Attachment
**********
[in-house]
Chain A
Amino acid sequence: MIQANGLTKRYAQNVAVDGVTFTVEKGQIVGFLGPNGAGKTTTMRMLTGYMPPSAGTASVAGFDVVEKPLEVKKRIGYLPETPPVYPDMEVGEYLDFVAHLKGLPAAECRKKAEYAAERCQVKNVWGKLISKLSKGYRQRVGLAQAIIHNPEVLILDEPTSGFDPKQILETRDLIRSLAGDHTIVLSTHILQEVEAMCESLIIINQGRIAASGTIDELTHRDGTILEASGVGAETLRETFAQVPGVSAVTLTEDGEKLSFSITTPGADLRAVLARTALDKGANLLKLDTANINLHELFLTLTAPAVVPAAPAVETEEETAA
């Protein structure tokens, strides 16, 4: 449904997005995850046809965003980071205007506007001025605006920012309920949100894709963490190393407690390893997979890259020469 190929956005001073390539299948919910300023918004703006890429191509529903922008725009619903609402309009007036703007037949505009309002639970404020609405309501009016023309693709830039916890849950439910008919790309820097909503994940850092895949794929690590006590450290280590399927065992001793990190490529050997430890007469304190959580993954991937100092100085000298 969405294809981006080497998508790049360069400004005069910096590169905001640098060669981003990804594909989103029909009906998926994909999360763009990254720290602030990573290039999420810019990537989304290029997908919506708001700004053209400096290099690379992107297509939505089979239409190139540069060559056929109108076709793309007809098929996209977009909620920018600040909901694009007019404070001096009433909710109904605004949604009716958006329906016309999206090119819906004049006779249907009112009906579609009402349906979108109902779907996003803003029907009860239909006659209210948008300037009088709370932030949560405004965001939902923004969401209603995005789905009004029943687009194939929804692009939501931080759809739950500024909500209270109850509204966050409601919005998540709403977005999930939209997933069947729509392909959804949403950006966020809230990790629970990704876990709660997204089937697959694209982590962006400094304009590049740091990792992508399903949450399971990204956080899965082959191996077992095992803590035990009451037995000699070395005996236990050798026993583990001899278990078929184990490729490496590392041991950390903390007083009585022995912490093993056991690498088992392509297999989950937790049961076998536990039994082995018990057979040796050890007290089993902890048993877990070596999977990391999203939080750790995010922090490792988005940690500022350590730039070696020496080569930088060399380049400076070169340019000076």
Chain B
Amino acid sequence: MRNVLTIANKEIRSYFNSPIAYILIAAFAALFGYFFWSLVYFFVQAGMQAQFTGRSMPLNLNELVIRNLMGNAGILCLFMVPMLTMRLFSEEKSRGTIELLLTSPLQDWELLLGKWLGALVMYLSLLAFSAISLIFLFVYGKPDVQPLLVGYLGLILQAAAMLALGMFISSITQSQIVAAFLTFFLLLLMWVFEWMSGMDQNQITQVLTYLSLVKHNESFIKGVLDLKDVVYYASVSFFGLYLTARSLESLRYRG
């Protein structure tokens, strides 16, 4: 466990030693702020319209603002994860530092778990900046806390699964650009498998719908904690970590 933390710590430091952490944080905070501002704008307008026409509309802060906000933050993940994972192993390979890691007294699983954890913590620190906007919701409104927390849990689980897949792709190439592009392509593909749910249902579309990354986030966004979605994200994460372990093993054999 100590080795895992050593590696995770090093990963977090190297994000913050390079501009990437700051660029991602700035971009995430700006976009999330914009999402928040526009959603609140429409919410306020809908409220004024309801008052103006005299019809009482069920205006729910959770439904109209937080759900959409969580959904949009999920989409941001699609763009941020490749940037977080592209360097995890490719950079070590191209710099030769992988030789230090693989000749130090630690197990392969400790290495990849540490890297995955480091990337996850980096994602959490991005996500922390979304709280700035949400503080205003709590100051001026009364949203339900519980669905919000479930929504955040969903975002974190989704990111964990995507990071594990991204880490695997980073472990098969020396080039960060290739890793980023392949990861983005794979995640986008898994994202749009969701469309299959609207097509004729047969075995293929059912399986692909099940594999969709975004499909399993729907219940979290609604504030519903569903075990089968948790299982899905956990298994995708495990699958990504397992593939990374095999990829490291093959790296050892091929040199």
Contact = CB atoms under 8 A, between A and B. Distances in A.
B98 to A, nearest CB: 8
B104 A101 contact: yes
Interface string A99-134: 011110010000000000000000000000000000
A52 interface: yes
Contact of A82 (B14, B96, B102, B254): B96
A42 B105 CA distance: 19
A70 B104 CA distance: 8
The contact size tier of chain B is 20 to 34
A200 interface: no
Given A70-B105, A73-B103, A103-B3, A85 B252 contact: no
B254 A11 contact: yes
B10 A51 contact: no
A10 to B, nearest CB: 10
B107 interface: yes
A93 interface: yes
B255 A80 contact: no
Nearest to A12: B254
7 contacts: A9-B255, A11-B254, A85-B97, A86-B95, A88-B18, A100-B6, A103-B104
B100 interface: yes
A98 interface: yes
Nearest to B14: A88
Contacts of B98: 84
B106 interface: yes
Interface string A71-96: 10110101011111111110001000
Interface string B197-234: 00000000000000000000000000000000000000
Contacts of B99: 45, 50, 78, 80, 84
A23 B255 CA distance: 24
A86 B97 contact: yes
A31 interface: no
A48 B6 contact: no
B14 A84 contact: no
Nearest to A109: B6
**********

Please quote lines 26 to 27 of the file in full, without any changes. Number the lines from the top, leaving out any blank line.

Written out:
7 contacts: A9-B255, A11-B254, A85-B97, A86-B95, A88-B18, A100-B6, A103-B104
B100 interface: yes